You can discover the same kinds of packaging issues with more formal consumer research — and you’ll have even stronger evidence that a change is necessary. One of our clients, Ian’s Foods, realized through research that many gluten-free households are also nut-free. Ian’s was already a nut-free brand, but they weren’t elevating that claim on their old pack. Redesigning their packaging to center different claims expanded their customer base.
3. Your Food and Beverage Category Is Changing
As we said, food and bev categories shift rapidly. Not to be cliche, but innovation and change are the only constants. At some point, you will have to adapt your packaging to suit society’s hottest craze and the pivoting needs of your consumers.
Just look again at Ian’s Foods. They were a gluten-free brand turned ‘free-from’ brand (nut-free included) in response to consumers’ latest desires. In reality, they didn’t need to change their already free-from formulations. They just needed to change their packaging to spotlight the now-trendy free-from claim.
Sometimes, consumer tastes do demand a formulation change. Maybe you’re an ice cream brand that decides to simplify your ingredients because consumers (even value consumers) increasingly want healthier products. Updated packaging can do a lot of the heavy lifting of communicating your updated formulation to newly health-conscious consumers.
4. Your Competition Has Upped Its Packaging Game
There are two possible scenarios when it comes to your competition and packaging:
- They’re regularly updating their packaging to keep it fresh, or
- Their shelf set is stale and hasn’t been updated in some time.
If you’re facing the first scenario, you’d better hop to and update your product’s packaging! Otherwise, your brand will seem old and tired in comparison to all the shiny new designs.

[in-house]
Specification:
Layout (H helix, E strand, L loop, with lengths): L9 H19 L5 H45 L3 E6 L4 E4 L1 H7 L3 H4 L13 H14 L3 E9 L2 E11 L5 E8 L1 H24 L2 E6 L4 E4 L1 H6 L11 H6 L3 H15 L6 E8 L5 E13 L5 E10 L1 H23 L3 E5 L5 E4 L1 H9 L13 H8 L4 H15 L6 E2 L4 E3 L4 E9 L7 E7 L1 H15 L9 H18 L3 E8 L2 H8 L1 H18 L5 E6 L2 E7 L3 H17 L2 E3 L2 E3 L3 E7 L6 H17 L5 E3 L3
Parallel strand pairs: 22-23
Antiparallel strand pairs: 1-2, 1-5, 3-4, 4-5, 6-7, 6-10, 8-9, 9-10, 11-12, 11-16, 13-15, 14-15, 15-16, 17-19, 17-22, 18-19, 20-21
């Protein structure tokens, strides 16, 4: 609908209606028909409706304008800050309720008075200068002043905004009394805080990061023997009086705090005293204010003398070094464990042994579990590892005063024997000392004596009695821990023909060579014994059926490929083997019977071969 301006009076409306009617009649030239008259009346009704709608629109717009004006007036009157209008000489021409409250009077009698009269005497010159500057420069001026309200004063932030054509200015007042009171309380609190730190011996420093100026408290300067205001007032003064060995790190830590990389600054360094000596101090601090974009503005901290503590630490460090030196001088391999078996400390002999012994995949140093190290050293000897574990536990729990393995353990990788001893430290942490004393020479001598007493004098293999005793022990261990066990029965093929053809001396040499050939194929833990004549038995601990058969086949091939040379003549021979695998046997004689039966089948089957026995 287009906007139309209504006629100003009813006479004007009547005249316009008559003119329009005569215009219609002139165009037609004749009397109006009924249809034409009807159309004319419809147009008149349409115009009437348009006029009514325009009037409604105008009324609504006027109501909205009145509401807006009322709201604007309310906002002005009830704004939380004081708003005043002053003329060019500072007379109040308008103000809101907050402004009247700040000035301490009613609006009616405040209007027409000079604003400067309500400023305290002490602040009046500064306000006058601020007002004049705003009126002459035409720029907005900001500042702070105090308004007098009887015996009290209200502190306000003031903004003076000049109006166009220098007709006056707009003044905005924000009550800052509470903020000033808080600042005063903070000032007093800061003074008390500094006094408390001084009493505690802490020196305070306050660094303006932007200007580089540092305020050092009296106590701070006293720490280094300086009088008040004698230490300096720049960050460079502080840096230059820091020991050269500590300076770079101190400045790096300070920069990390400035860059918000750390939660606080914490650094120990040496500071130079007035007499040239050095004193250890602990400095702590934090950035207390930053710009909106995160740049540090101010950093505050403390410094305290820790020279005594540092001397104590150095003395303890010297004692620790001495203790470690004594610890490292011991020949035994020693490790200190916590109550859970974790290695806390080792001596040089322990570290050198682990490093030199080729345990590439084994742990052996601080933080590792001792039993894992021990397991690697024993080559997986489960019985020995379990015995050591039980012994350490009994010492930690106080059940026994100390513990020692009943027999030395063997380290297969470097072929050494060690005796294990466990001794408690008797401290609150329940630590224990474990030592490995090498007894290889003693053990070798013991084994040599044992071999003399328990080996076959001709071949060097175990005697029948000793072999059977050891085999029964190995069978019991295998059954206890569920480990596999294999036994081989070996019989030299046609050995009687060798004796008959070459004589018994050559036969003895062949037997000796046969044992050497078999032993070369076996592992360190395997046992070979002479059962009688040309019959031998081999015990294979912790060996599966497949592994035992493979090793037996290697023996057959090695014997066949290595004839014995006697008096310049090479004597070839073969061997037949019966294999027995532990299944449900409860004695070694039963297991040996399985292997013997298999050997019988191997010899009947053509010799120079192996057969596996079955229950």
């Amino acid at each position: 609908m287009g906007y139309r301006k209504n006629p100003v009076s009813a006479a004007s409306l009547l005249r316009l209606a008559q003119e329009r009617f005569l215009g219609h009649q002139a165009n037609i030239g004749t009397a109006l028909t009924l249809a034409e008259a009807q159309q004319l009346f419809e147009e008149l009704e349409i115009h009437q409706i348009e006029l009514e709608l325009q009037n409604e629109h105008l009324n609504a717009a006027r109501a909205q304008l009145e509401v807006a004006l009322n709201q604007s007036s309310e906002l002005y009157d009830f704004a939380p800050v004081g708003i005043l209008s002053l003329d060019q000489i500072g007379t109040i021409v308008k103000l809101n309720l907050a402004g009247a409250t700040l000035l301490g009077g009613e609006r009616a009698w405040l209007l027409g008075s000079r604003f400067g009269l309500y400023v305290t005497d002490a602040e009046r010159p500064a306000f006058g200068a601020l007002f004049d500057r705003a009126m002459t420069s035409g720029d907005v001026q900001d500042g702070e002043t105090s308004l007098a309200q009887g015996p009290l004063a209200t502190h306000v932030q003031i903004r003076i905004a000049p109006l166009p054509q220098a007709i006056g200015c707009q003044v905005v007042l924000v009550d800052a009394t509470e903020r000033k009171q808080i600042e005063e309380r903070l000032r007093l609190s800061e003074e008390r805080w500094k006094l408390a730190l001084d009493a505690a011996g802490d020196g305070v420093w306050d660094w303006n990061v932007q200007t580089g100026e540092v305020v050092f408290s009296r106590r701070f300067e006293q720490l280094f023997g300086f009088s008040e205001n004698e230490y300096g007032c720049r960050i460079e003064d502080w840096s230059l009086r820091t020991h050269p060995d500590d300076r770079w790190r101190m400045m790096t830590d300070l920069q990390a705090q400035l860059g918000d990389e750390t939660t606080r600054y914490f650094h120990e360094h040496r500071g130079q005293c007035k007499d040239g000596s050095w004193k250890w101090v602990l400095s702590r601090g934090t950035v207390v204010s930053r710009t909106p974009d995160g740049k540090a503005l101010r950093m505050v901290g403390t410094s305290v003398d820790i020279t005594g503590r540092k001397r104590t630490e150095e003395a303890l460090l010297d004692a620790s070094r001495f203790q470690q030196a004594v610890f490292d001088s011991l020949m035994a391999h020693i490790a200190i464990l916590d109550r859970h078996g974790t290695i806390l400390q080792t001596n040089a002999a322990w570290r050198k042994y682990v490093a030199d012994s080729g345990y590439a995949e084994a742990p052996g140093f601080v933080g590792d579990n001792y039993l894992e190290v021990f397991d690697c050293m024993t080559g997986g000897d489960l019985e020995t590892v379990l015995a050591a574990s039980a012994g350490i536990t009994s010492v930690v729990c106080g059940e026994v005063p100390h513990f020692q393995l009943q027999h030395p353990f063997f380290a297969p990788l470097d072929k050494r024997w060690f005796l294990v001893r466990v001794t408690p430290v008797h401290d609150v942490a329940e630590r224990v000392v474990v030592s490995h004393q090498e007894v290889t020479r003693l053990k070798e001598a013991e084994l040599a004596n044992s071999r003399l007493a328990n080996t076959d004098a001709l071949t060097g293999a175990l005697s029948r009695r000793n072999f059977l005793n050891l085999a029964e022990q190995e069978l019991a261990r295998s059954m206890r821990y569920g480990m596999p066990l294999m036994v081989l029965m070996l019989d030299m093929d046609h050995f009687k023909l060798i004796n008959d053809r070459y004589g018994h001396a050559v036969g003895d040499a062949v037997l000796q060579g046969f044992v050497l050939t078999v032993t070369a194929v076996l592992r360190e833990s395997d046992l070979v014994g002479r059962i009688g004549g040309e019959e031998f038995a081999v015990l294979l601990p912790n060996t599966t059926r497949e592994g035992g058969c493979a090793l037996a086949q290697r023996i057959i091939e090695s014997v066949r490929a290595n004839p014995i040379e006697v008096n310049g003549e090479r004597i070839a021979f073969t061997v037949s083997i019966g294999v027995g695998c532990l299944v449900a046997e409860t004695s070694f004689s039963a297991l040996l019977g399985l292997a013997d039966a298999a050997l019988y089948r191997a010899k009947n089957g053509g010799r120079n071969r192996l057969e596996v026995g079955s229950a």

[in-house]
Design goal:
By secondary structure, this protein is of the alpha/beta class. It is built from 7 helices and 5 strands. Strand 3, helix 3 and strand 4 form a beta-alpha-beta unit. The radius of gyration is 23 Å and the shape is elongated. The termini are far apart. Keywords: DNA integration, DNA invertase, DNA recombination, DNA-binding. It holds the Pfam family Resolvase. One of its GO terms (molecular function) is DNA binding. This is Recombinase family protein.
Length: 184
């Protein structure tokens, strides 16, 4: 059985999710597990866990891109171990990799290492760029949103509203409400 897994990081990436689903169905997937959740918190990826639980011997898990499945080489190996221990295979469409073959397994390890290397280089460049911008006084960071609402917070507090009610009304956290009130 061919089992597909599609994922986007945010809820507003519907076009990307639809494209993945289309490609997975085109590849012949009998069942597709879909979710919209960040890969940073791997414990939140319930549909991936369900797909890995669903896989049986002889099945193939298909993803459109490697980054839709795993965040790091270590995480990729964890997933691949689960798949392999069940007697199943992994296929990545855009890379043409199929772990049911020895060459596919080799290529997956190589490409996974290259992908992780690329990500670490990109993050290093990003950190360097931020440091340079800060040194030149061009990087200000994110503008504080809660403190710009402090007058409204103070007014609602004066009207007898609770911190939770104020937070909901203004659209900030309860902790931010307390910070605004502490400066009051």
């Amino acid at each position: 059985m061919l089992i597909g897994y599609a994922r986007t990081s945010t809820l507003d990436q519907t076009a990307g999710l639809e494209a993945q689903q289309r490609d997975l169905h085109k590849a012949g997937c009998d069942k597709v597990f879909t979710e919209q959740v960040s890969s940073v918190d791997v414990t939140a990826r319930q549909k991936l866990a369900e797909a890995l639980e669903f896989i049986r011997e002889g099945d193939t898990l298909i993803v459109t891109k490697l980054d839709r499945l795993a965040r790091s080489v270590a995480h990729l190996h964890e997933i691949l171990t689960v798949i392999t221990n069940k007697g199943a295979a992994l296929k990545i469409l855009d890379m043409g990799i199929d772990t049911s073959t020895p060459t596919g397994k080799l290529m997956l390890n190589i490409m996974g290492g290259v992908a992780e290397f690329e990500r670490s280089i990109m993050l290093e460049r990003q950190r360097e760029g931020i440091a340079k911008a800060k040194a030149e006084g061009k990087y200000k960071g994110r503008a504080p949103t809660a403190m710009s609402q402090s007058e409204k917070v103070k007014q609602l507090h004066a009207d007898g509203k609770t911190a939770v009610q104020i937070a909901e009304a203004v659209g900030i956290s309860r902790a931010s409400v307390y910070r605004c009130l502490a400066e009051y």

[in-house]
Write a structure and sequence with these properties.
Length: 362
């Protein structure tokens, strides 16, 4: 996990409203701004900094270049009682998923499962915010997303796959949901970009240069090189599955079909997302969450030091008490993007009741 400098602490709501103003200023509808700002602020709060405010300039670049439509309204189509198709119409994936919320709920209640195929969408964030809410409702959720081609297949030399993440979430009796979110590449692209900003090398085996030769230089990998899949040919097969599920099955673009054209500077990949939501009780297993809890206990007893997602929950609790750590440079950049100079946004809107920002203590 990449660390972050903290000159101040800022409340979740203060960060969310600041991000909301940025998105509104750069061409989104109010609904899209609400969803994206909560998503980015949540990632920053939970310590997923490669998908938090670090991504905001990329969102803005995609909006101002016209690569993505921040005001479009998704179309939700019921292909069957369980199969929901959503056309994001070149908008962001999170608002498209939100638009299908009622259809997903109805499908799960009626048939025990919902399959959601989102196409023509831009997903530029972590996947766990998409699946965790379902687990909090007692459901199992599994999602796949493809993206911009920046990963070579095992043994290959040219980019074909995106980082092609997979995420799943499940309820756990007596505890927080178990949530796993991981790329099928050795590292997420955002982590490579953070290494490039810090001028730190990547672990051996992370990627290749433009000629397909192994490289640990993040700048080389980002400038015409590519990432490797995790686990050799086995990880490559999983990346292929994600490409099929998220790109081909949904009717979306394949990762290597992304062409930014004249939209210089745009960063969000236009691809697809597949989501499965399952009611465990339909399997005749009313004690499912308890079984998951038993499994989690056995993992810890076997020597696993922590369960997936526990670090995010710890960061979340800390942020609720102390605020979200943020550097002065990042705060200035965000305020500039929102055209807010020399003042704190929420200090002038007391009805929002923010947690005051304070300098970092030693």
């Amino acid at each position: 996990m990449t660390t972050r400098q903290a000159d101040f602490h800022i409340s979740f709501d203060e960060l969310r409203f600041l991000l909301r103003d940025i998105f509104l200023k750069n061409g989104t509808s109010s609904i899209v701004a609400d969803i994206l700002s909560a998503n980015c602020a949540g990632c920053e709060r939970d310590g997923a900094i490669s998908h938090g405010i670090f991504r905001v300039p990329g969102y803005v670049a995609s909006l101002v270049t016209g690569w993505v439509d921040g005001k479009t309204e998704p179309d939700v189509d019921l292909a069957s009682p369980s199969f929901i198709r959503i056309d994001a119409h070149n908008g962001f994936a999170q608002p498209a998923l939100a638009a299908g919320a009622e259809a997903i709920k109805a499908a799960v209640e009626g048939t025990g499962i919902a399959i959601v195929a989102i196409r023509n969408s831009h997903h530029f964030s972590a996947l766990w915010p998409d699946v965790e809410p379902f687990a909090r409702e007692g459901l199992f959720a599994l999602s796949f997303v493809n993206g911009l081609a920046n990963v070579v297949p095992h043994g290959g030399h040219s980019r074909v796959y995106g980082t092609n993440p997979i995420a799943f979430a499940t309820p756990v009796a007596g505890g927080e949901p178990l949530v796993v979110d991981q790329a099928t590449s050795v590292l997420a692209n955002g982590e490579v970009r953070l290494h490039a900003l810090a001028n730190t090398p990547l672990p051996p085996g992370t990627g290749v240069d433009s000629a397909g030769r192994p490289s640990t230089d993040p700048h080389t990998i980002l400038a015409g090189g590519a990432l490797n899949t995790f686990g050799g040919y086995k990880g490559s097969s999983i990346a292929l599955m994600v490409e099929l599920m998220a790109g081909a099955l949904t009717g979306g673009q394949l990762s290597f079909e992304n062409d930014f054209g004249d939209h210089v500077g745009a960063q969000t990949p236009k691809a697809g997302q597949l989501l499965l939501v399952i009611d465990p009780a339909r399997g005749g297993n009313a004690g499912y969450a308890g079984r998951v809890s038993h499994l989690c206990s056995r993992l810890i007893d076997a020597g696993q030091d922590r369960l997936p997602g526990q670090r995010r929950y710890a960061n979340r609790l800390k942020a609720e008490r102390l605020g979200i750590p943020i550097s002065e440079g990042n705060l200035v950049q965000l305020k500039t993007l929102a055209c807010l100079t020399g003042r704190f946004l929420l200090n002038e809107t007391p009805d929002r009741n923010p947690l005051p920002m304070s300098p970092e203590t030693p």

The second scenario arguably provides an even better opportunity for your brand because, if your competition’s looks are stale or homogeneous, you can truly stand out post-refresh.
Rxbar faced scenario two. None of the competing protein bar brands had fresh packaging. In fact, they all looked too much alike with their mostly white packaging and overhead product shots. Instead of copying this overused aesthetic, Rxbar disrupted the space with simple packaging centering their ingredients — and no product shot at all. And guess what? They’re killing it.
5. Your Company’s Sales Are Flatlining
You’ll likely have to make multiple, cross-departmental changes to address flatlining — or even declining — sales. But in the process, don’t forget that packaging is a critical brand communication tool that deserves attention amid the turmoil.
Often, clarifying your mission and your product’s unique value proposition then refreshing your packaging design is the ticket to reinvigorating consumer interest in your brand.
At the end of the day, it never hurts to at least assess your packaging design. And these five red flags are just the nudge you need to ensure you’re never waiting too long to refresh.